The published crystal structures of HAase from bee (15) and wasp venom (31) or that of human serum HAase, human serum hyaluronidase 1 (32) led to the identification of a bulky knob, which rises at the upper end of the substrate binding groove. Both length and amino acid composition of this unshaped bump are highly variable, with the sole exception of a single asparagine residue which is conserved in most species. In many hyaluronidases from hymenoptera, that asparagine is part of a potential N-glycosylation recognition sequence, which in all cases characterized so far is followed by a proline. This combination, however, renders this particular site highly unlikely for posttranslational glycosylation (33). This assumption was further strengthened by comparing wild-type BVH with BVHΔL in which the respective stretch had been replaced with a tetrapeptide sequence comprising alternating Gly and Ser residues. The latter thus lacks the potential glycosylation site. After expression in Pichia pastoris, a microbe known to efficiently glycosylate, the molecular weight of the two secreted proteins was found comparable. Interestingly, enzymatic and kinetic analyses of BVHΔL in which the blocking knob has been depleted showed that it has reduced activities.
Previous analyses with bovine testicular hyaluronidase had shown that two phases of HA hydrolysis can be distinguished: an early part, where high molecular weight HA was found to be degraded at a relatively fast rate; thereafter, the resulting oligomeric fragments were hydrolyzed with slow kinetics (26, 34, 35). This was found to be true for wild-type BVH activity. However, the results obtained for BVHΔL, which supposedly should offer more open space for a high molecular weight substrate, were unexpected. The rapid early phase of HA hydrolysis was not found for the enzyme variant. Although counterintuitive, this bulky loop actually enhances turnover of polymeric HA.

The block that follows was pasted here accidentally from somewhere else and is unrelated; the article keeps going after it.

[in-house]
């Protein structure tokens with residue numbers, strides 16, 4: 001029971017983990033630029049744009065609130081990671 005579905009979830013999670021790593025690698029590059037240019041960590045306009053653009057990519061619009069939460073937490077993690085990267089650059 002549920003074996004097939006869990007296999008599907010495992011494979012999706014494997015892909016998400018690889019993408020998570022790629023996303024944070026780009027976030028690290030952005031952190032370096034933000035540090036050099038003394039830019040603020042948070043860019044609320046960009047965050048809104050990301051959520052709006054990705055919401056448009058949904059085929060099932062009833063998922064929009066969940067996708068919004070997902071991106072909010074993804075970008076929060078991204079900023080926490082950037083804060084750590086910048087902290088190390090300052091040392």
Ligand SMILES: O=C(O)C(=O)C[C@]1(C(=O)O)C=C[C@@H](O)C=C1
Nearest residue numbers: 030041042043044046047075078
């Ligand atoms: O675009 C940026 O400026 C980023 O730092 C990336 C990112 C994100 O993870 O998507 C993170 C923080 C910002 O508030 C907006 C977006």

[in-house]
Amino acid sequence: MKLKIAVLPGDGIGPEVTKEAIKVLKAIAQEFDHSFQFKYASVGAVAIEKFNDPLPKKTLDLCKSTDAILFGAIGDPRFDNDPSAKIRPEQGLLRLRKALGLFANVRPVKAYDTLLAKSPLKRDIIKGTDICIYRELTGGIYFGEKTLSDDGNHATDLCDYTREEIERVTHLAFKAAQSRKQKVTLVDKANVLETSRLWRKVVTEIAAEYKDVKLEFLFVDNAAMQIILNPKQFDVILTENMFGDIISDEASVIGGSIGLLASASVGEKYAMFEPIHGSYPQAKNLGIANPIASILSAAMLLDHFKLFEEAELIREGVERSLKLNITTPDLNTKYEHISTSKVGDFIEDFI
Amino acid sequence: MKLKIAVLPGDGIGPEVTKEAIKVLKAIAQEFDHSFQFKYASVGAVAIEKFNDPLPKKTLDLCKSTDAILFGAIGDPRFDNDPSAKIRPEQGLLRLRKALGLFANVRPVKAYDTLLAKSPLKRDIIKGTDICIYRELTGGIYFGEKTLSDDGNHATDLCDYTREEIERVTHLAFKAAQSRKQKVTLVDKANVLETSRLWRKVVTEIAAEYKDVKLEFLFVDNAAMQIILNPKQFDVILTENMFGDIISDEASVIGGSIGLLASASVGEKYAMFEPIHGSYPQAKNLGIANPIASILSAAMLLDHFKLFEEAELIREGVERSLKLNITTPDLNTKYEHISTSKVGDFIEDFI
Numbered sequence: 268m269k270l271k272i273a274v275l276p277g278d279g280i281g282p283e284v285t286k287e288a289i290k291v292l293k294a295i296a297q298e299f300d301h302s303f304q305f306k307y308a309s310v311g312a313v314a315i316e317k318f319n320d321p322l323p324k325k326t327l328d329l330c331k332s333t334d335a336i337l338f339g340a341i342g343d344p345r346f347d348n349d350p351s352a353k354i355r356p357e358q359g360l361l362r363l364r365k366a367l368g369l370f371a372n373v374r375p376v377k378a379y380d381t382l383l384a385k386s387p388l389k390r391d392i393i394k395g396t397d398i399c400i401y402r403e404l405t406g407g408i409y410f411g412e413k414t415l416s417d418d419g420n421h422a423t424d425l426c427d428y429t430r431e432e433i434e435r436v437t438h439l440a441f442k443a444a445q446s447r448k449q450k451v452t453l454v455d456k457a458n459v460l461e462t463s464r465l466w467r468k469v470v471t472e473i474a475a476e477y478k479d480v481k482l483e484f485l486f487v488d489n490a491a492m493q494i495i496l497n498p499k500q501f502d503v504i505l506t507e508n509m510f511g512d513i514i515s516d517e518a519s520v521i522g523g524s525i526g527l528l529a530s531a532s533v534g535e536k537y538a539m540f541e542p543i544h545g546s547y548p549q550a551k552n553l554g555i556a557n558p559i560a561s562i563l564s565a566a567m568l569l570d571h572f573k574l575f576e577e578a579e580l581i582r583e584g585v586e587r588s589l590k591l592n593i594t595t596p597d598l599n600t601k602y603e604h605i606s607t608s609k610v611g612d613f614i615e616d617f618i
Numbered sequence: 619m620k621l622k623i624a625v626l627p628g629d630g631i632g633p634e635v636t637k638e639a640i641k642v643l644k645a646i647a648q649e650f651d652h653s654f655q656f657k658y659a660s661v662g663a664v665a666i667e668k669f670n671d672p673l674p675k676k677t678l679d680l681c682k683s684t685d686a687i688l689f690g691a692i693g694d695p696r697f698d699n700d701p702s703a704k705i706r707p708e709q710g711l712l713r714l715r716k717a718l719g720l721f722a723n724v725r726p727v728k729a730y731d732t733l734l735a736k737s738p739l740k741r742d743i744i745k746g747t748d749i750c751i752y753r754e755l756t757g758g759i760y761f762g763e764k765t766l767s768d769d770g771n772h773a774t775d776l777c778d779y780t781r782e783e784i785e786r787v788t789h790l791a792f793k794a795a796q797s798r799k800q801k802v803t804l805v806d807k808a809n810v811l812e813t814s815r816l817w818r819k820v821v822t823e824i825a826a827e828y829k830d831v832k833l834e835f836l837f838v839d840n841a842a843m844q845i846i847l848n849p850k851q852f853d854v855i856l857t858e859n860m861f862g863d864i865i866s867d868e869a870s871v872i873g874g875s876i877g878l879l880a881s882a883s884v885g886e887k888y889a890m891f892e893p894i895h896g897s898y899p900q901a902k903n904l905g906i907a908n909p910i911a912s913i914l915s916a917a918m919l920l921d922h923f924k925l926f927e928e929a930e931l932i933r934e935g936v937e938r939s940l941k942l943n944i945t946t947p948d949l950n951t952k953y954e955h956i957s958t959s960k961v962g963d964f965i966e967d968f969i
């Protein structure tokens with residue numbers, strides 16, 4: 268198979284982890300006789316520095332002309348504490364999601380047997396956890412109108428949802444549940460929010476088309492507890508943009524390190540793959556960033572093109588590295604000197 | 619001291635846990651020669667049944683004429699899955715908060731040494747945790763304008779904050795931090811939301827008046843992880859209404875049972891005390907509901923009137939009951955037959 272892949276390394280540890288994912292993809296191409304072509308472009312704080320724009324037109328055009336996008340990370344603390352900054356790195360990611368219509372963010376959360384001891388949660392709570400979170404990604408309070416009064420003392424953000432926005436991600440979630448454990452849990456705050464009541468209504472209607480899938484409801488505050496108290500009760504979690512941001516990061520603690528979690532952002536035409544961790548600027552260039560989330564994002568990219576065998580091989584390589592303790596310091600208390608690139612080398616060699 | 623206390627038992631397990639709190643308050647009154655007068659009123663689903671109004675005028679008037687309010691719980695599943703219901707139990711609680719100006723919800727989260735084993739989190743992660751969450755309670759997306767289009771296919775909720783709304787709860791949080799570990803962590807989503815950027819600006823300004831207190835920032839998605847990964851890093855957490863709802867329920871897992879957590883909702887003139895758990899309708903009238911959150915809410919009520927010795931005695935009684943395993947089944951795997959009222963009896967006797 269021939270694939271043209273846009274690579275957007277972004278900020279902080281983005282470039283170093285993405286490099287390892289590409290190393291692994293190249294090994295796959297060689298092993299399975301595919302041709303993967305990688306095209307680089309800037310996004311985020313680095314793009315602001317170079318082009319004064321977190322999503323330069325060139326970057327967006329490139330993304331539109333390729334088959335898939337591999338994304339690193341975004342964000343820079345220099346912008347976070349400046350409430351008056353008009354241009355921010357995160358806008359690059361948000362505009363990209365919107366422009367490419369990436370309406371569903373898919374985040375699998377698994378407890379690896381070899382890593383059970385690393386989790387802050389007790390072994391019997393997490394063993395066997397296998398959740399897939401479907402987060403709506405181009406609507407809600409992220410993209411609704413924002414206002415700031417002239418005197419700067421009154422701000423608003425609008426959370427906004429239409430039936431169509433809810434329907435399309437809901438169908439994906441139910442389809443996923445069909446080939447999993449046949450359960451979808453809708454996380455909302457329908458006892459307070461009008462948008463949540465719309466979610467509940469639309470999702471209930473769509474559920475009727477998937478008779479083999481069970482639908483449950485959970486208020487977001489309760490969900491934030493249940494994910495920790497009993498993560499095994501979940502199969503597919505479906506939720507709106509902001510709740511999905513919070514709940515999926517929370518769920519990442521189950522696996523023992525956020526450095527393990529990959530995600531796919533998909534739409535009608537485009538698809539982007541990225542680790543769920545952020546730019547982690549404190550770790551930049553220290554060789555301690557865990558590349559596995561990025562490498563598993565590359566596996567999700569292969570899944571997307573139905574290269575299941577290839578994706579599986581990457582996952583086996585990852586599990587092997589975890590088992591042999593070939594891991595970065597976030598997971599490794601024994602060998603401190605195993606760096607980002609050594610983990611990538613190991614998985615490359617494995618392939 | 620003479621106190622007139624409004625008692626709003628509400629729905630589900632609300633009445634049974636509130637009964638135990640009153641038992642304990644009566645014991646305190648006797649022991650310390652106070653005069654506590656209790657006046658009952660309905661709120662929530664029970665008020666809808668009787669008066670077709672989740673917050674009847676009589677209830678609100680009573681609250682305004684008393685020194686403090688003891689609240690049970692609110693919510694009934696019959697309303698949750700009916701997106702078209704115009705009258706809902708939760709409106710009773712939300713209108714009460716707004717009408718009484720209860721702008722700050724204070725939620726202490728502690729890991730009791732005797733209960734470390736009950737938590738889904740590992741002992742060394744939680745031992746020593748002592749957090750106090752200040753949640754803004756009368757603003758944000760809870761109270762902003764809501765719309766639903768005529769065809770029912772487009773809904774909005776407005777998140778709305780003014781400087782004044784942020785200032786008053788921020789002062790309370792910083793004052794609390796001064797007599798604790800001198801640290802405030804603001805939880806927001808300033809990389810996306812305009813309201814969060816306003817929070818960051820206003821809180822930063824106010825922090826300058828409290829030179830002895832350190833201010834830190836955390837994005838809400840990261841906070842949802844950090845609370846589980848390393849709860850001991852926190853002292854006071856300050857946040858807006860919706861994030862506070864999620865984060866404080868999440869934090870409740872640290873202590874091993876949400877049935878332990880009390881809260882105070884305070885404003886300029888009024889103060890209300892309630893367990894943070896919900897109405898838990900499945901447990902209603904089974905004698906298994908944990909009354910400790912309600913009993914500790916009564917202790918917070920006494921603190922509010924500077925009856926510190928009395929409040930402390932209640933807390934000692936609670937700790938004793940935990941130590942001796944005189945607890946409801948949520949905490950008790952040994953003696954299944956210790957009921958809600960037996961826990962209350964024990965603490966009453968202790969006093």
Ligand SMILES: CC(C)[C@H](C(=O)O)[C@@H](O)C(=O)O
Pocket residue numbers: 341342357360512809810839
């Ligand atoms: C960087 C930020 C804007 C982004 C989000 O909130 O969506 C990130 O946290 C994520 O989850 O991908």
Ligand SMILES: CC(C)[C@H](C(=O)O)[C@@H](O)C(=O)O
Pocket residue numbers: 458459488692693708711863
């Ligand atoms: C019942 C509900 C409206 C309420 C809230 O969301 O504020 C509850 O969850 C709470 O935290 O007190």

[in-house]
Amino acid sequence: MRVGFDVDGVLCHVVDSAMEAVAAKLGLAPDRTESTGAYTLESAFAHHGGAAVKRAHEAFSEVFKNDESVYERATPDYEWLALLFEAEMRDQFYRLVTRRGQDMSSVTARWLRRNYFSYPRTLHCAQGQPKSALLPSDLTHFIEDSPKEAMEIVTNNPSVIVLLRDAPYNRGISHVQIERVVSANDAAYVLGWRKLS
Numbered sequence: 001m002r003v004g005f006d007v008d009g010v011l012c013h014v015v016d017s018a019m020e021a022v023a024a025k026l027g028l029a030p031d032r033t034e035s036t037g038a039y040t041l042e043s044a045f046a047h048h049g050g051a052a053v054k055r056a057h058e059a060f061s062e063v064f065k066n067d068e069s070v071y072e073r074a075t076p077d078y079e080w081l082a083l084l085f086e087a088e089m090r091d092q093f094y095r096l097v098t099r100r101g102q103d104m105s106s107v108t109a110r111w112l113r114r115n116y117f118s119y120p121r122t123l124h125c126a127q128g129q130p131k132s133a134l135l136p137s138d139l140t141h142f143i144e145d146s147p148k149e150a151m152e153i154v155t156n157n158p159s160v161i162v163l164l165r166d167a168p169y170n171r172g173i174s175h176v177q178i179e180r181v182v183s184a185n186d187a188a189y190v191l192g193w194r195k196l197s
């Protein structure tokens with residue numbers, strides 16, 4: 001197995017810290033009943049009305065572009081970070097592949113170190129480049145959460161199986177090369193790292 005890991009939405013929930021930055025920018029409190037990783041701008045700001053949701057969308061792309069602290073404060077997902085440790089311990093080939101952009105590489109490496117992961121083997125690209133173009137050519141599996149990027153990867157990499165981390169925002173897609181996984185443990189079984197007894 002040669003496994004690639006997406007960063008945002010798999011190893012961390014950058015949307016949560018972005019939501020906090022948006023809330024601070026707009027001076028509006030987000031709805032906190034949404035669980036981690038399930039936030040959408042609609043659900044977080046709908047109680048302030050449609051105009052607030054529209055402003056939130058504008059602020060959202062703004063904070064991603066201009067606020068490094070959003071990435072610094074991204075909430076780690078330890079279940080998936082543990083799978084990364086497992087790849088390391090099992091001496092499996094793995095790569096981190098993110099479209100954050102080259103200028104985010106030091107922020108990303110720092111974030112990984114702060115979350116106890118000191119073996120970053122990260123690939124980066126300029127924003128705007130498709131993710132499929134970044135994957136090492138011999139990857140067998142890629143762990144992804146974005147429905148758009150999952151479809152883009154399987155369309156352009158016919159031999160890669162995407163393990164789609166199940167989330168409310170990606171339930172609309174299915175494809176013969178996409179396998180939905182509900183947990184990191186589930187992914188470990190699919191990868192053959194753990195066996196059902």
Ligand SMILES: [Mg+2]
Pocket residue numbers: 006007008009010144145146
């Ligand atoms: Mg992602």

The initial reaction rates for both wild-type and BVHΔL clearly showed an inhibition at high HA concentration. As reported previously, short HA fragments are poor substrates for HAases (34, 35). Provided that the atypical bell-shaped progression of the substrate concentration dependence could be due to increasing amounts of short HA oligomers in concentrated polydispers substrate solutions. Increasing concentrations of short HA may thus shift to late phase kinetics and greatly decelerate the overall turnover rate. It is, however, also conceivable that similar to steric exclusion of bovine serum albumin in highly concentrated HA solutions (36, 37), the observed suppression of enzyme activity could also be a consequence of crowding out of HAase by closely interacting HA chains.
To address this question, the kinetic data sets were analyzed further. Working along these lines yielded only an approximation of Michaelis-Menten parameters. However, acceptable estimates for Vmax and Km could still be achieved. An important result was that Km for BVHΔL was found to be much lower, thus indicating enhanced affinity for HA.
More detailed binding studies were performed by means of QCM technology, which is capable of monitoring the interaction in real-time as a change in frequency of a surface-coated quartz crystal resonator. In solution, this method is highly effective at determining the affinity of molecules, in particular for large binding partners, such as high molecular weight HA. So far, no experimental results based on QCM were available for HA-HAase interaction. Surface plasmon resonance has previously been introduced to monitor the interactions of bovine testicular hyaluronidase with sulfated glucosaminoglycans. Notably, however, HA as the major binding partner for HAase has for unknown reasons not been studied (38).